On November 4, 2021, the U.S. Occupational Health & Safety Administration (“OSHA”) issued an interim rule mandating that employers with at least 100 employees require that their staff either be vaccinated against COVID-19 or submit to weekly testing. The long-anticipated rule follows calls from President Joe Biden for OSHA to issue such a mandate. Over the last several weeks, the President has expressed hope that it would obtain at least some buy-in from industry groups. Indeed, it was this concern that motivated the Biden Administration to limit the rule to large employers and allow for weekly testing as an alternative to vaccination. Predicting significant backlash to the mandate, the White House apparently hoped concessions like these would lessen vitriol from industry groups and employees opposed to a federal mandate. Without question, the Biden Administration was correct in predicting the backlash; however, within hours of the new rule’s publication, it is already becoming clear that the government’s concessions will do little to reduce opposition.
With several constitutional challenges by private interests and state governments to similar vaccine mandates already underway—most, if not all, seemingly destined to fail—several industry groups are already contemplating legal challenges to the new OSHA rule. Apparently, they hope to stay implementation of the rule before the compliance schedule begins on December 5, 2021 and ramps up further on January 4, 2022. In fact, within mere hours of the new rule’s publication, some business groups moved forward with filings in the Sixth and Eighth Circuit Courts of Appeal, contesting OSHA’s authority and rationale for issuing the vaccine mandate under an Emergency Temporary Standard (“ETS”).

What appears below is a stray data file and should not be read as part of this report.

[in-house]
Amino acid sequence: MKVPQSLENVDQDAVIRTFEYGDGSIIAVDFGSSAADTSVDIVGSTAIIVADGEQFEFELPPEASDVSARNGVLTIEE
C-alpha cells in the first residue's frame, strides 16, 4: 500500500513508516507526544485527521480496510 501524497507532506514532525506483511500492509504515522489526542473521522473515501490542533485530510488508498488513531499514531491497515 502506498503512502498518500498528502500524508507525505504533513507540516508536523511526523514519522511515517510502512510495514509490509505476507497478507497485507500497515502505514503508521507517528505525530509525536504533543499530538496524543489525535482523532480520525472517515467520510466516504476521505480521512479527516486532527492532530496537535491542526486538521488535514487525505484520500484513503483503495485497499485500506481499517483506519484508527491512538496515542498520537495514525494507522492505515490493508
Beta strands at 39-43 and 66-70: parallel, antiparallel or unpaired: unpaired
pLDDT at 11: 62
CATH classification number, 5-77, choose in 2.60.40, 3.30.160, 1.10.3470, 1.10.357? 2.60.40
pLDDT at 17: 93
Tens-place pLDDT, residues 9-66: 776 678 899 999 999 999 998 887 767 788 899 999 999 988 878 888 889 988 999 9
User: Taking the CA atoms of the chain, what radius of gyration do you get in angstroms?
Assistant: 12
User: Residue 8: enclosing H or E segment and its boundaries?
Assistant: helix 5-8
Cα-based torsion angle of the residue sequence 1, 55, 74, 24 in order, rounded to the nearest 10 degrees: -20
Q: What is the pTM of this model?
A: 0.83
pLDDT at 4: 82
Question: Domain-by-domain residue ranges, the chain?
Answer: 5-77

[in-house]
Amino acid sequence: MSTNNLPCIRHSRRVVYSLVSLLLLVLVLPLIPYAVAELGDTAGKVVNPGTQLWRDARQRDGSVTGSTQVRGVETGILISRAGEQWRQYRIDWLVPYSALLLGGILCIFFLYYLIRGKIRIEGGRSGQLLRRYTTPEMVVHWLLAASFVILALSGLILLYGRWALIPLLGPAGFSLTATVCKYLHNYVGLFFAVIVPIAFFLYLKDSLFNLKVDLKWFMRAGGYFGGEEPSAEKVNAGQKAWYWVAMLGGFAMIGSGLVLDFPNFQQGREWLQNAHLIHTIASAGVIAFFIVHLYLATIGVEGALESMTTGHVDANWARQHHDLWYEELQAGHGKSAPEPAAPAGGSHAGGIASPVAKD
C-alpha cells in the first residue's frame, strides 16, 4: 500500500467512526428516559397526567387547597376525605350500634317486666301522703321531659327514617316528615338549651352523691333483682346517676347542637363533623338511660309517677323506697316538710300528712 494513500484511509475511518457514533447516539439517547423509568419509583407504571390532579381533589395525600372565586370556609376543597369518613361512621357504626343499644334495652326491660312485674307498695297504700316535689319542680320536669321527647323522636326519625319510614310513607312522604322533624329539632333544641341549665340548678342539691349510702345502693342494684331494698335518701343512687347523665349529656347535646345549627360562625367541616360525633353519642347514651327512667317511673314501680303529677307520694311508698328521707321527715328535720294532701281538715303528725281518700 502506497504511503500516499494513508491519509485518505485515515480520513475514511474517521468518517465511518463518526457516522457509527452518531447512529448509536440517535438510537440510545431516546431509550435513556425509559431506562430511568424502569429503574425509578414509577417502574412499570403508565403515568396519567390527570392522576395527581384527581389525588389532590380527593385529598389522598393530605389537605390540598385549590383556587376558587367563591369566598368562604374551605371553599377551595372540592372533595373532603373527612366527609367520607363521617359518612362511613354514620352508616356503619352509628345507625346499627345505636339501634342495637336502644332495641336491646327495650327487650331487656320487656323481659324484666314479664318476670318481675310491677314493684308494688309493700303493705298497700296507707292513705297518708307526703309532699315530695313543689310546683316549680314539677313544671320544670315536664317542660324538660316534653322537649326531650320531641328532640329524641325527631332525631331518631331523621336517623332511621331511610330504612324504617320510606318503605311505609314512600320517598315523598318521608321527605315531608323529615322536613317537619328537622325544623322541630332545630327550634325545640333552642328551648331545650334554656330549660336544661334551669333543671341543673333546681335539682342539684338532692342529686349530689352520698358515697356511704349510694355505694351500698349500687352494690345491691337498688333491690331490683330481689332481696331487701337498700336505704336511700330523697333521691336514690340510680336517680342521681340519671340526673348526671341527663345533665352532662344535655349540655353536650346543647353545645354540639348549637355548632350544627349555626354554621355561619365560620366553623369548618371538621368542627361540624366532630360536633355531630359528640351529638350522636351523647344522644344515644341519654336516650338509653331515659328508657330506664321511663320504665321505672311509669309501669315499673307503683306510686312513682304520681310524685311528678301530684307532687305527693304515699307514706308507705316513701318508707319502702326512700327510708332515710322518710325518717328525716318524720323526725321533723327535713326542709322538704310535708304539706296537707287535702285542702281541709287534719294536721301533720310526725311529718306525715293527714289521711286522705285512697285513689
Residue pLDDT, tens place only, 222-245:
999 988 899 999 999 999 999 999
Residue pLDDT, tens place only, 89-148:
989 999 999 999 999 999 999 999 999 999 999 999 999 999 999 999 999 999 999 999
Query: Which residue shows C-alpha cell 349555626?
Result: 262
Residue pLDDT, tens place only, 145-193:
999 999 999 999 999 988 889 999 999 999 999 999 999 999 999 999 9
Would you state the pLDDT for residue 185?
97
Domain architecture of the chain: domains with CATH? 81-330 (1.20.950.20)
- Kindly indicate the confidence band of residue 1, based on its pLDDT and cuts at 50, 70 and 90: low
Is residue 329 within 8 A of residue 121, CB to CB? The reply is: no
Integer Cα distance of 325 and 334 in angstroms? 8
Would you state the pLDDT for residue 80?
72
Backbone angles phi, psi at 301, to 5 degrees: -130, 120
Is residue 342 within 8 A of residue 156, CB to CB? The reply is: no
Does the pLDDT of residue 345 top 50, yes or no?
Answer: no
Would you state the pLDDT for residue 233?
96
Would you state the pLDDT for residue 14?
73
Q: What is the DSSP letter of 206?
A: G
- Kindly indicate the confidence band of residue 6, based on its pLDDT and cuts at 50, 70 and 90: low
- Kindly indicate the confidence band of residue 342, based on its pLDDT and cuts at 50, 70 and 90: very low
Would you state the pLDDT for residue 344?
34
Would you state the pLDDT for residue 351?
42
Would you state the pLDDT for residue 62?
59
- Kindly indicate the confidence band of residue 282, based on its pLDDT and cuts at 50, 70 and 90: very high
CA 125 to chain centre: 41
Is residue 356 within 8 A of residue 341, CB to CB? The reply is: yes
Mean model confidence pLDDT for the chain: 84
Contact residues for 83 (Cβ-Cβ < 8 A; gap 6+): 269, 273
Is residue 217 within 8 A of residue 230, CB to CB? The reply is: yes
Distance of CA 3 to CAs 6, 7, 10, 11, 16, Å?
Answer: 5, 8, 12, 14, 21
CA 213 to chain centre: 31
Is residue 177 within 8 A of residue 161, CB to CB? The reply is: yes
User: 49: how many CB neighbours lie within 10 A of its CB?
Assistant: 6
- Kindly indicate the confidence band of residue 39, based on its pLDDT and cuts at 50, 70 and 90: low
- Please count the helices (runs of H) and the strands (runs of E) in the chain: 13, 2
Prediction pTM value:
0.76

An ETS may be employed where the U.S. Department of Labor (of which OSHA is a part) determines that (1) “employees are exposed to grave danger from exposure to substances or agents determined to be toxic or physically harmful or from new hazards,” and (2) “such emergency standard is necessary to protect employees from such danger.” While the viability of these lawsuits is still up in the air, it is difficult to fathom how a global pandemic would not authorize use of an ETS based on the foregoing standard. Understandably, the Biden Administration has expressed confidence that the government will defeat any and all challenges to OSHA’s new rule.
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About Alex Hartzband
Alex Hartzband's practice is focused on employment litigation. Alex is a senior associate in the firm's New York office.
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